September is two weeks away... which means you have just enough time to scurry around finding a few handkerchiefs to replace your Kleenex habit before your first autumn cold hits. Yikes, two weeks until the cultural end of summer, if not the calendar end of summer? What am I doing here typing away, instead of out being outside enjoying the last gasps of summer? Am I insane? Apparently for you, dear reader, I will do anything.
So, yes, fall, colds, handkerchiefs. If you're brand new to the handkerchief world and want a primer on how they work, why they aren't super gross, and more, go take a peek here first!
Today, I'm sharing how I acquired most of my handkerchiefs: handmaking them! Those of you who don't sew probably think this tutorial isn't for you, but you'd be wrong; stick around because I promise this is an easy project even for a novice. Sew four straight lines and you've got yourself a new zero waste tool that, if you're anything like me, you'll soon find indispensable. Although you may certainly use a sewing machine if you wish, I always sew mine by hand. It goes quickly and requires a minimum of fuss.
Step one: Gather your supplies. You'll need a piece of fabric, 10 - 15 straight pins, a needle, thread, and a pair of scissors. You can keep your supplies basic and choose whatever you have on hand, or if you're purchasing new supplies, a few notes you might want to heed:
Choose a soft cotton fabric for your handkerchief. Although I have made some out of quilting cotton, it can be quite stiff, and I find that I reach for the softest ones first. You can purchase new fabric, beg scraps off a crafty friend, or even use a piece cut from old clothing. As for thread: f you choose a 100% cotton thread over a polyester or a polyester blend, your handkerchief will be compostable many, many years down the line when it gets too well-worn to be of use any longer.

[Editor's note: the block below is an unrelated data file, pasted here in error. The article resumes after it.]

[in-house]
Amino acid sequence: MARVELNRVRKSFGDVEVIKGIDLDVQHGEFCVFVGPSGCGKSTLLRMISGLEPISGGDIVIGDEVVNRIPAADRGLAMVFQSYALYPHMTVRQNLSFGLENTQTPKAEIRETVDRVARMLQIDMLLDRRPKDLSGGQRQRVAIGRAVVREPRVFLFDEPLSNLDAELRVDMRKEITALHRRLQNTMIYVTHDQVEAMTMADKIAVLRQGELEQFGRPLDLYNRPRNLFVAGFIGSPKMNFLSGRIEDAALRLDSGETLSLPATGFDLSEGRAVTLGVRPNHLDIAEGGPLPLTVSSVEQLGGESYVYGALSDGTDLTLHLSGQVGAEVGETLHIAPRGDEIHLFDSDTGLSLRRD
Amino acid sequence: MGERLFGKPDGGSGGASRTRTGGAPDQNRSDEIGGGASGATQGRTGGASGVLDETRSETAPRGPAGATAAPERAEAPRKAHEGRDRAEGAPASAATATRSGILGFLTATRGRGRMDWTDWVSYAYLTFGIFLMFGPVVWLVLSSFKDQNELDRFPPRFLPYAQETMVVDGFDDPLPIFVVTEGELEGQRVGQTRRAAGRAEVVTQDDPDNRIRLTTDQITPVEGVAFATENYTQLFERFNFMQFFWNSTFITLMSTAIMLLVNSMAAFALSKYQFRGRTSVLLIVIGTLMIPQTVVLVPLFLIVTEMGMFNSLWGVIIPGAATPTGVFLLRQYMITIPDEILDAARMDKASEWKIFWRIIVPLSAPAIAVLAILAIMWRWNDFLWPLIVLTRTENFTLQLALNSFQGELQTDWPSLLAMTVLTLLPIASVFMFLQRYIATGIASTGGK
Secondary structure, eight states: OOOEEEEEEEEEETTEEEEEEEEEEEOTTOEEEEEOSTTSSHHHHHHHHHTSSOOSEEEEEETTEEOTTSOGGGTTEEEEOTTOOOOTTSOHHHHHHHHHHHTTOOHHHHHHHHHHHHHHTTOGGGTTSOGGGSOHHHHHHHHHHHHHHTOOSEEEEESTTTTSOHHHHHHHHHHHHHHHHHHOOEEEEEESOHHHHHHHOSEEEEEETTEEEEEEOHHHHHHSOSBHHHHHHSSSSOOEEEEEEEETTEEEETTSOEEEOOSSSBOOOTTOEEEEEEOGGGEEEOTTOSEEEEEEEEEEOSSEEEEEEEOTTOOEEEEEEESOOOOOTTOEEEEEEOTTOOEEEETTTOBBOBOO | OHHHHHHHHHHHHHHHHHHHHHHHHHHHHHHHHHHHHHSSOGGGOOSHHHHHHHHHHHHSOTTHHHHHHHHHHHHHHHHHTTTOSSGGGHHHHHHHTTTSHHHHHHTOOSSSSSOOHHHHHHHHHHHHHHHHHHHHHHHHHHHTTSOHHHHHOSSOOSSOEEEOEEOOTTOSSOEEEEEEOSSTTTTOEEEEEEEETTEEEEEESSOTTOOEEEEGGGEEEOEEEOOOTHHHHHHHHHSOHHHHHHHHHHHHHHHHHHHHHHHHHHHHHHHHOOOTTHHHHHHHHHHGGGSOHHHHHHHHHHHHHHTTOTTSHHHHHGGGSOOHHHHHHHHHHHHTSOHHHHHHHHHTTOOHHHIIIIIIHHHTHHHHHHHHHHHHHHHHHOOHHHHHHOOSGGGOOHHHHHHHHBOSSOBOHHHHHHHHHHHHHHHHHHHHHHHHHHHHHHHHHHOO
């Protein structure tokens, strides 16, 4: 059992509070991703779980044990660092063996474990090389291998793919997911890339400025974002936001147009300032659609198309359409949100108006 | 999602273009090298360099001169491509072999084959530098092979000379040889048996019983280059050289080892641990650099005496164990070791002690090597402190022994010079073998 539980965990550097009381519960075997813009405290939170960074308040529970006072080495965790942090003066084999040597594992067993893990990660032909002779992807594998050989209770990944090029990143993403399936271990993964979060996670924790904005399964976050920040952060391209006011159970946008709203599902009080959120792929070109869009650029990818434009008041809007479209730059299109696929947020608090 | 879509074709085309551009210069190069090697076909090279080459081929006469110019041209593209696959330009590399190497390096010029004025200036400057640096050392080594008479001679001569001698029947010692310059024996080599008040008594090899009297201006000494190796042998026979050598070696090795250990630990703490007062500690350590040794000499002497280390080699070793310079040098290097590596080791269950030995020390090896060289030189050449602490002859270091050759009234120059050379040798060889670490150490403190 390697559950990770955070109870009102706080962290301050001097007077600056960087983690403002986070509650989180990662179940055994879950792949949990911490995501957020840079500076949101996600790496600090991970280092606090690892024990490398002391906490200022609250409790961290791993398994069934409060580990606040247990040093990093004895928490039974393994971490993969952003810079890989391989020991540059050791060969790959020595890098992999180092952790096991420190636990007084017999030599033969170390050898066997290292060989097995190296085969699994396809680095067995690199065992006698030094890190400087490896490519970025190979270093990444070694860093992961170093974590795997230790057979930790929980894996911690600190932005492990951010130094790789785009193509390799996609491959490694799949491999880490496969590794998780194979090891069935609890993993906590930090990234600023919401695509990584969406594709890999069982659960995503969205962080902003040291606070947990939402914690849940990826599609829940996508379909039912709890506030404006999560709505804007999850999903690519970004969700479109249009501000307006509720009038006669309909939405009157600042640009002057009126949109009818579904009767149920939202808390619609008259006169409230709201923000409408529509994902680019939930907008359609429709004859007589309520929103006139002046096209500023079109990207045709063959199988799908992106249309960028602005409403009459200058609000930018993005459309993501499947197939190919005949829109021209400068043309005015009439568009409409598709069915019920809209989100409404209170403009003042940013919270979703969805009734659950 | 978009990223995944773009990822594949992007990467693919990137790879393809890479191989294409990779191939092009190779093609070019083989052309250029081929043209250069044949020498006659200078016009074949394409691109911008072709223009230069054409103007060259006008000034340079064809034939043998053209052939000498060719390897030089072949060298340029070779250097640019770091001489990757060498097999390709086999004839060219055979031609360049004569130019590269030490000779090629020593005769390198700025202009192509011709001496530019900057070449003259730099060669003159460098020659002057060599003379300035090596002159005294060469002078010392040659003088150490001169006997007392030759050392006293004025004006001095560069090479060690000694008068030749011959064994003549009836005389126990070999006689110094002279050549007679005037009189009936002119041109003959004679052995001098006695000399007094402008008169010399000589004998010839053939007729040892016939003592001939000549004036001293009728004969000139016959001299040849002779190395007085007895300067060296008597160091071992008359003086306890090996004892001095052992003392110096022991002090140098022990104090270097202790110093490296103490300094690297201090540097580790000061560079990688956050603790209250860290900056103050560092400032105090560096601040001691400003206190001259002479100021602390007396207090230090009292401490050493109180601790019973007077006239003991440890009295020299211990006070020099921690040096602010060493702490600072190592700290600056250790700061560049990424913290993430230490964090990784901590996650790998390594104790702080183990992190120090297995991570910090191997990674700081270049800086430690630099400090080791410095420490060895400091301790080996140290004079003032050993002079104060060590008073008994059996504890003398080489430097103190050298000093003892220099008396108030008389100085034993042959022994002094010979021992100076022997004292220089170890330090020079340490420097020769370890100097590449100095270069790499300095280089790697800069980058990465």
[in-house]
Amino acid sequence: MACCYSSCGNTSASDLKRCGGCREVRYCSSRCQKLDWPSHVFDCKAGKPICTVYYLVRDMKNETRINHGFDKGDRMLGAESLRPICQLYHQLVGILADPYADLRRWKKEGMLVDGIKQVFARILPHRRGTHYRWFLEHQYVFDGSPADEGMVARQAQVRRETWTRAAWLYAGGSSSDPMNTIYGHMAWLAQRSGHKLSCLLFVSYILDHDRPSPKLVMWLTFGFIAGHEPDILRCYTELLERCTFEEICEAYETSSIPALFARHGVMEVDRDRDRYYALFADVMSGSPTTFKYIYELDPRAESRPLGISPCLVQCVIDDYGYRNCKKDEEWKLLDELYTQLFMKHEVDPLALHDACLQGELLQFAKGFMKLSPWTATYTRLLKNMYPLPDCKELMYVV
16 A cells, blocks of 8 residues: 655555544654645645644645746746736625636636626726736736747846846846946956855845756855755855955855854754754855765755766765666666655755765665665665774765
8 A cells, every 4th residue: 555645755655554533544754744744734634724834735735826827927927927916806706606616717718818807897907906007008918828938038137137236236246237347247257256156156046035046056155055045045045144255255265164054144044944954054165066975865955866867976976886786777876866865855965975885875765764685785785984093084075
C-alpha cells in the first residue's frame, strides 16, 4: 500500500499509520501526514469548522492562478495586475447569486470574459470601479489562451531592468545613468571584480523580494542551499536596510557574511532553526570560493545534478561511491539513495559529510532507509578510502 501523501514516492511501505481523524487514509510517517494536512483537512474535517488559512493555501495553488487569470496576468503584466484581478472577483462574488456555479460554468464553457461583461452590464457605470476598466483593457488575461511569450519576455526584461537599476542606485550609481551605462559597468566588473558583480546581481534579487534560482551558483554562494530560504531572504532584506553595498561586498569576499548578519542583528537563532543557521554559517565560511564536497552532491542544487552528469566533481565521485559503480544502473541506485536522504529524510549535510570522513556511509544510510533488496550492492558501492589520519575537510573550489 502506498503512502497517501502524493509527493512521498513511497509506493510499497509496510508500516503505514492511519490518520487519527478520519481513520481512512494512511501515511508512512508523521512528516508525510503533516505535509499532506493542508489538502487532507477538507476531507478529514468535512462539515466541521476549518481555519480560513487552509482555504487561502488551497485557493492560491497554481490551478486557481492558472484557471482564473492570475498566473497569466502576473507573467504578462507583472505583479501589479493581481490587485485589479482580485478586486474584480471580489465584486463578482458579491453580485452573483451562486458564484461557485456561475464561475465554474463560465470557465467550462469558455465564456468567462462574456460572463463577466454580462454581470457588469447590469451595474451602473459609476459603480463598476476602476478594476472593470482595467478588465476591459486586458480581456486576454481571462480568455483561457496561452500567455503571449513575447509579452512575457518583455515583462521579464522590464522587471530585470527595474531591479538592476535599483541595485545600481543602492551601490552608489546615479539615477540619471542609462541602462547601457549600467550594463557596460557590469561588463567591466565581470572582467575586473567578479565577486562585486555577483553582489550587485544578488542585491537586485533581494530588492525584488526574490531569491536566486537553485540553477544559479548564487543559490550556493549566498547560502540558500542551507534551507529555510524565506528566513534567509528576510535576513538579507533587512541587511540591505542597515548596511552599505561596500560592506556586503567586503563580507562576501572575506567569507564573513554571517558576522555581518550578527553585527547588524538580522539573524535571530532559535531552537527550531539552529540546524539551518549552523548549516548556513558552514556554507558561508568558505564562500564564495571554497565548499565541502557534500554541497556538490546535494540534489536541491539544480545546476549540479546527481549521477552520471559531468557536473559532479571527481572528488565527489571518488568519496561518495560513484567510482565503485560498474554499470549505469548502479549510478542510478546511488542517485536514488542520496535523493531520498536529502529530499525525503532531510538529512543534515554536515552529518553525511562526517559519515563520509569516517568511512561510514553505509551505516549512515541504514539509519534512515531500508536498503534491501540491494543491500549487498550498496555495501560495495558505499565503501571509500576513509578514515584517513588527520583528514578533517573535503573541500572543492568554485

Step two: Cut your fabric to size. What size, of course, is all down to what you prefer. Play around with what you like - some people I know prefer larger handkerchiefs, some prefer smaller ones. A good rule of thumb is to cut your fabric one inch wider and one inch taller than you want the eventual handkerchief to be, as the hem on each side will use up about half an inch.
Step 3: Pin one side. Fold the edge under by about a quarter inch, and then under again one more time so that the raw edge is entirely enclosed. Pin as you go so that it holds its shape. True sewists may choose to break out the iron and ruler here to ensure a crisp, uniform line, but hey: I say we're just doing handkerchiefs here, no need to get too fussy unless you'd like to.
Step four: Once you've pinned the edge, sew along it by hand with a simple running stitch, taking care to catch all three layers of fabric. If your skills are failing you at this point, watch a few YouTube videos or ask a friend, then dive in!
Step five: Pin the side opposite from the first one you did, and sew that, too. Then, do the remaining two sides the same way.
That's it, you're done! No need to buy a handkerchief because now you have one made by your very own self. I found the process of making them to be quite fun, and after making a large stash for myself (on some winter weeks, I go through the whole lot), I made a few to give to friends, too.
One last thing to note: if sewing isn't your jam, there's no reason handkerchiefs need to be perfect. Grab a square of unhemmed fabric and call it a day - it will fray in the wash but remain perfectly serviceable. Other easy ways to stock up on these: use bandannas, find vintage ones, ask your parents or grandparents if they have extras in their stash.
Have you sewn your own handkerchiefs? Any beginning sewing questions I can answer? Happy handmaking!